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Rubella in Colleges -- United States, 1983-1984

In 1983 and 1984, six rubella outbreaks in universities and colleges in four states were reported to CDC's Division of Immunization, Center for Prevention Services (Table 2). A total of 125 rubella cases were reported, 124 among students and one in a faculty member. Attack rates varied from 0.2 per 1,000 to 5.4/1,000 among students. Ninety-three (74.4%) of those persons had inadequate evidence of immunity (1).* No pregnant students or other pregnant contacts were identified. No uniform case definition was used to identify suspected cases in any of these outbreaks. However, most illnesses were characterized by one or more of the following: maculopapular rash, lymphadenopathy (cervical, postauricular, or occipital), low-grade fever, coryza, conjunctivitis, sore throat, and/or arthralgia. Fifty-two (41.6%) cases were serologically confirmed as rubella by a positive rubella-specific IgM titer or a fourfold or greater rise in hemagglutination-inhibition (HI) antibody titer. Although three of the colleges had rubella immunization requirements for school entry, there was little or no enforcement of these requirements (Table 2).

In one college, the index patient was a student from South America who was incubating disease on arrival to this country. Since all foreign students attended special English language courses, subsequent cases were clustered among other international students. Cases in the other colleges clustered among particular dormitories, fraternities, and sororities where frequent contact occurred.

As part of outbreak control measures, all the colleges issued notifications to students, faculty, and other employees urging that they provide proof of rubella immunity or be vaccinated with a rubella-containing vaccine. In some schools, outbreak-control measures also included: (1) reviewing student health records for immunization status; (2) providing free rubella vaccine at student health or special vaccination centers for susceptible persons and persons of unknown immune status; and (3) requesting pregnant women of susceptible or unknown immune status to avoid the campus and to contact a physician in the event of rash illness or exposure. Mandatory immunization programs or exclusion from the campus of susceptible or infected persons were not attempted in any of these outbreaks. Free vaccine, either measles-mumps-rubella (MMR) or measles-rubella (MR) vaccine, was provided by student health and local health department personnel at the student health service clinics in five schools. Acceptance of vaccination was poor, ranging from less than 50 students in one school (enrollment 37,000) to 1,100 students in another (enrollment 17,020) (Table 2). Overall, the 1,922 students vaccinated represented 2.5% of the total enrollment. If it were assumed that 7,546 (10.0%) of the 75,468 enrolled at these schools were susceptible (2-4) and that all 1,922 persons receiving vaccination were actually susceptible (Table 2), then the campus vaccination control programs would have reached 1,922 (25.5%) of 7,546 of those considered to be at risk for acquiring rubella. In most instances, the true number of students with records of either rubella immunization or serologic evidence of rubella immunity was unknown.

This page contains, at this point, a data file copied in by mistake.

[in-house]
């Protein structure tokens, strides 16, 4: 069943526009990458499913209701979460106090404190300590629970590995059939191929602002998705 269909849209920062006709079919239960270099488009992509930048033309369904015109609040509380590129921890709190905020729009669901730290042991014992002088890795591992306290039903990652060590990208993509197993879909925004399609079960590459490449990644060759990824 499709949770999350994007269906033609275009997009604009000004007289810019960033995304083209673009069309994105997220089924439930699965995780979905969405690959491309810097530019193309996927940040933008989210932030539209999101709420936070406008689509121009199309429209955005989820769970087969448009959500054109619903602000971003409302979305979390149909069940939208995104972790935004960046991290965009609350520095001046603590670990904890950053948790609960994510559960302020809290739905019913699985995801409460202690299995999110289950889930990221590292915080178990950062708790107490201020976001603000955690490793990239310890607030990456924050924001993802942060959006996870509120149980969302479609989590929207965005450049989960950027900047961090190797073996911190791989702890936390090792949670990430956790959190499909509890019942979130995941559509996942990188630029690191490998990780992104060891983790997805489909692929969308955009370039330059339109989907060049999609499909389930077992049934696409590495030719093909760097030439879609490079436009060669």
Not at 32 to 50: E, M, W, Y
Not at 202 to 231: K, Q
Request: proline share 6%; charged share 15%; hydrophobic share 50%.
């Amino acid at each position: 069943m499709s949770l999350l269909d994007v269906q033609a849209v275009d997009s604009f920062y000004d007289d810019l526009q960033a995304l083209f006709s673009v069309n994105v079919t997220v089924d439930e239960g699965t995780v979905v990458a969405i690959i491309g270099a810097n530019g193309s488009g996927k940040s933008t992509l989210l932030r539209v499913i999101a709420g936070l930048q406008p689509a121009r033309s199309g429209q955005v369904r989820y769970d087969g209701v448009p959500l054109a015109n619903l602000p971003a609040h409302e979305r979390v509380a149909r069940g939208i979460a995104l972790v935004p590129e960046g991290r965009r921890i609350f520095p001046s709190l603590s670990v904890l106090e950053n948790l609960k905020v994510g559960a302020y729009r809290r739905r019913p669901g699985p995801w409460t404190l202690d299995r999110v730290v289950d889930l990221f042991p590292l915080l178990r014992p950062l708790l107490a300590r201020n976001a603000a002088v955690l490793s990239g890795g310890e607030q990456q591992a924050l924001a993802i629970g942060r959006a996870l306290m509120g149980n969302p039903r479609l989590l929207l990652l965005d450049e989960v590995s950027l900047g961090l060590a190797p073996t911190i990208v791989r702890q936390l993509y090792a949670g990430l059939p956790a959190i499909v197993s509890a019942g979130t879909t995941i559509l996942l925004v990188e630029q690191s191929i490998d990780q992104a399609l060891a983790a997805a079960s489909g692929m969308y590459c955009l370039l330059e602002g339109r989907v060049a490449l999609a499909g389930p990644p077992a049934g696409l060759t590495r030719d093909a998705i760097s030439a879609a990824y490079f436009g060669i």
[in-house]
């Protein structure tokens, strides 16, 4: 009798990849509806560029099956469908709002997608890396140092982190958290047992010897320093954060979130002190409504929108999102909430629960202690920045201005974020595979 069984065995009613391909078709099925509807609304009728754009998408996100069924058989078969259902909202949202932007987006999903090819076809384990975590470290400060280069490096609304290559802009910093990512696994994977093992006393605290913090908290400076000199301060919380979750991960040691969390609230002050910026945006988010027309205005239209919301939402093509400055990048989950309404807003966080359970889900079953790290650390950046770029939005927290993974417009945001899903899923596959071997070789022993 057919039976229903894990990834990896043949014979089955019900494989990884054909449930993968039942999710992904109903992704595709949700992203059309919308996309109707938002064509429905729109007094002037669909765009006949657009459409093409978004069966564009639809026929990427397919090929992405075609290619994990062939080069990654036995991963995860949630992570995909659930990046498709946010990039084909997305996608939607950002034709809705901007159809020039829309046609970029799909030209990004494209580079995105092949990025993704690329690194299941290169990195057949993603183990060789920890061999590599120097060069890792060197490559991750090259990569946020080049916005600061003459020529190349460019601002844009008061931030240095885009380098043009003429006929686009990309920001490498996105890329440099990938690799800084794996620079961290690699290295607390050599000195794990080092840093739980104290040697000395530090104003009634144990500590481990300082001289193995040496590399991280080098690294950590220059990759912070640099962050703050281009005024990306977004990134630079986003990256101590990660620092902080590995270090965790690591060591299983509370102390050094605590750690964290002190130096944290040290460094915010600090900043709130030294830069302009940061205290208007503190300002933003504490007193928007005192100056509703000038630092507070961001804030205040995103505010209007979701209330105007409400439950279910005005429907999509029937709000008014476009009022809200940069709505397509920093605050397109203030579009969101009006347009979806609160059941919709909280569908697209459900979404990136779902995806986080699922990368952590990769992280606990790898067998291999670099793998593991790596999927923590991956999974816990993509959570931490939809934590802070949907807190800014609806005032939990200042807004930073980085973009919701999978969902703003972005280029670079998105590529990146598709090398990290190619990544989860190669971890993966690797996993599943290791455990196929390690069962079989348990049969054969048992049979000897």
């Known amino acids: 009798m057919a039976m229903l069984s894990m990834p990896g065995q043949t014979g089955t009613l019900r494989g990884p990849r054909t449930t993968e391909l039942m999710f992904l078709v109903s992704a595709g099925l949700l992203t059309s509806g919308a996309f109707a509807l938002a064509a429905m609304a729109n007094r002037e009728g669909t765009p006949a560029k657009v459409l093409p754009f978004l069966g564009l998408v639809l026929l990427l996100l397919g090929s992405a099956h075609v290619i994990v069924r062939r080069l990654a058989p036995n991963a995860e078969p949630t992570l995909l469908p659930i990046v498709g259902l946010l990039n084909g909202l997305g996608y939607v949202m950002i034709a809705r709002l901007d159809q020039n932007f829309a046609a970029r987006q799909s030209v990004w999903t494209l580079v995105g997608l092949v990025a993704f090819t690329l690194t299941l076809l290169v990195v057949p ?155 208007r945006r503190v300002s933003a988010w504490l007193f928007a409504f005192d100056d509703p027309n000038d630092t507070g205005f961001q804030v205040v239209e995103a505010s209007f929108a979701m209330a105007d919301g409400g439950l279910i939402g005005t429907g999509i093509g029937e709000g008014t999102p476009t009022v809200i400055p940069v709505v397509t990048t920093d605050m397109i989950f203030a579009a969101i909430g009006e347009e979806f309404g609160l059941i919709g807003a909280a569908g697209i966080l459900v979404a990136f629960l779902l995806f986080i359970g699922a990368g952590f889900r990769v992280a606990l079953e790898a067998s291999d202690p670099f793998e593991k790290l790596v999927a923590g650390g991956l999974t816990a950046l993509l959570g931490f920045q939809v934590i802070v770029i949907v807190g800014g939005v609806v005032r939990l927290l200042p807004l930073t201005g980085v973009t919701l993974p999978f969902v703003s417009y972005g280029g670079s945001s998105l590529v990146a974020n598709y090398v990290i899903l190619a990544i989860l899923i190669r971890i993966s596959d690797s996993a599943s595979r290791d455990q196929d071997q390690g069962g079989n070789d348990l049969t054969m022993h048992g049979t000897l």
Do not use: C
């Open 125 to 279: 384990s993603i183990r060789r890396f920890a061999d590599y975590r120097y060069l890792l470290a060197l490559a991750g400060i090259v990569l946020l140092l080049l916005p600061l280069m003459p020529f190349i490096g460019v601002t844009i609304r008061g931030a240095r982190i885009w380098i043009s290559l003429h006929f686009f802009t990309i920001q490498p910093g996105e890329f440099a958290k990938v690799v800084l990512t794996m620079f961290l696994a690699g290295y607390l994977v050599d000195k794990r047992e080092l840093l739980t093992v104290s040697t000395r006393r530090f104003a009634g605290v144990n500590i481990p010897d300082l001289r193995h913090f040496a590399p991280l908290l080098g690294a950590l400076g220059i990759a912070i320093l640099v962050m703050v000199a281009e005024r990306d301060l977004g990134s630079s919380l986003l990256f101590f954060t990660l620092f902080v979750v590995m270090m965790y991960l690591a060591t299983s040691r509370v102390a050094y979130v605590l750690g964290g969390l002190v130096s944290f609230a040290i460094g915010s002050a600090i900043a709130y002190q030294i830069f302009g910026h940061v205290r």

In two colleges--both of which had rubella immunity requirements--selective reviews of student health records were undertaken in an effort to estimate the number of potentially susceptible students. In one, 719 (71.3%) of 1,008 "day" students lacked acceptable evidence of immunity; in the other, 400 (15.1%) of 2,648 students lacked acceptable evidence of immunity. Of the 1,119 students considered susceptible in the two schools, 372 (33.2%) received MR or MMR vaccine as part of control efforts. The remainder were notified that they would not be registered in the next semester unless they produced records proving rubella immunity. Officials in the other schools had to base control measures on students' and parents' recollections of vaccine status. Reported by A Ley, MD, Student Health Svcs, Student Health Svcs staff, Cornell University, Ithaca, WC Schmidt, MD, Tompkins County Dept of Health, M Miller, MD, Student Health Svcs, Colgate University, Hamilton, K Cardina, Regional Immunization Program, J Grabau, PhD, Bureau of Communicable Disease Control, New York State Dept of Health; RR Albanese, J Bicknell, NJ Fiumara, MD, State Epidemiologist, Massachusetts Dept of Public Health; C Butler, R Gens, State Epidemiologist, Pennsylvania State Dept of Health; J Chin, MD, State Epidemiologist, California Dept of Health Svcs; Div of Immunization, Center for Prevention Svcs, CDC.